By Megan Gannon
There aren’t any places on Earth where astronauts in training can experience — all at once — the isolation, cramped quarters and microgravity of life in space. But one lab comes close.
Called the Aquarius Reef Base, the school-bus-size habitat is anchored on the seafloor 62 feet (19 meters) underwater and six miles (10 kilometers) off the coast of Key Largo, Florida. The lab is currently home to four astronauts (and two technicians) who are part of NASA’s Extreme Environment Mission Operations (NEEMO) program. The crewmembers are testing equipment and procedures that could one day be used during trips to an asteroid or Mars.
“We’re not really deprived of much,” said Jeanette Epps, who spent more than seven years in the CIA and was selected to become a NASA astronaut in 2009. For their nine-day NASA mission, dubbed NEEMO-18, the crewmembers were allowed to bring iPads, iPhones, regular toiletries and a few sets of clothes.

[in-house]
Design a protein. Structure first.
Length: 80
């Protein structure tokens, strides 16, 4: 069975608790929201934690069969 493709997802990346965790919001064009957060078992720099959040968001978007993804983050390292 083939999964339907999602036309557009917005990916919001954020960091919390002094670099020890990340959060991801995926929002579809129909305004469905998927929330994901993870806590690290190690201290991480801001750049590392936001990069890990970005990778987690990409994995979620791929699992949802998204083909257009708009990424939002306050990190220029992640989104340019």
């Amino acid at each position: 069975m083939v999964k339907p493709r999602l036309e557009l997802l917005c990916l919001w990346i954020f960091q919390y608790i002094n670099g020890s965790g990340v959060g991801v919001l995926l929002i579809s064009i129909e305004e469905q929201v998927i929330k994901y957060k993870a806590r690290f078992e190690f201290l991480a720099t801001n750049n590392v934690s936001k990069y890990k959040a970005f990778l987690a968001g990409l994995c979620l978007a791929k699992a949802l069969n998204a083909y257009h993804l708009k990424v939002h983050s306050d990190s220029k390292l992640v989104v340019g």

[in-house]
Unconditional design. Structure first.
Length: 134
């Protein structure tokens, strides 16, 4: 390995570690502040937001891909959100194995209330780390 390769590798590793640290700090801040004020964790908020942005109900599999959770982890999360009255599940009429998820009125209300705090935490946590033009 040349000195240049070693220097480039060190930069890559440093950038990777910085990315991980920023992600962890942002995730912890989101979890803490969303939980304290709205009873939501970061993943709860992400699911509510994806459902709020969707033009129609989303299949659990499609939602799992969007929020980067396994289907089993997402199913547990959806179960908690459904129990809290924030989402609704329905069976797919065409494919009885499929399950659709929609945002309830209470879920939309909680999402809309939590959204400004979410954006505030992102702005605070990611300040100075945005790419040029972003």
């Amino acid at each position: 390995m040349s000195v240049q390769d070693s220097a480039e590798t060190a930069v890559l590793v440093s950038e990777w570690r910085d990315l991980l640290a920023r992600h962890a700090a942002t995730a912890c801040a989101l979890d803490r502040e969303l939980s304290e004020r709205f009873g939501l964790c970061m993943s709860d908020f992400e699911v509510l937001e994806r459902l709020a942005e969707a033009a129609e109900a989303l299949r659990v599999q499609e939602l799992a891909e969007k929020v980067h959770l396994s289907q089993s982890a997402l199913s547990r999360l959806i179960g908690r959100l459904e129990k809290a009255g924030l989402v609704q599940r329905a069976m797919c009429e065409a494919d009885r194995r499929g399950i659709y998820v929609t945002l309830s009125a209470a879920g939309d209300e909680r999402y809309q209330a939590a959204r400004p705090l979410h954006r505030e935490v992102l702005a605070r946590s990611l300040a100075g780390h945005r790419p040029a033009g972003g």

“We have lots of windows and we got great views out here with fish,” NASA astronaut Mark Vande Hei told Live Science yesterday (July 23) in a live news conference from the Aquarius seafloor habitat. “I am certain that none of us have felt claustrophobic.”
Japanese astronaut Akihiko Hoshide — the commander of NEEMO-18, and the only one of the crew who has been to space — agreed and said their living quarters feel similar in size to one or two modules on board the International Space Station. It helps that their hygiene is good, Hoshide said, and they have a real shower — a luxury compared with the no-rinse shampoo and washcloths that astronauts use in space. Though Vande Hei admitted, “We’re probably less sensitive to smell as we stay down here longer and longer.”
The crew can also go outside basically any time they want. They just need to put on scuba gear first.
Life in Aquarius might be easier than it is in space, but sometimes mission controllers intentionally make it hard.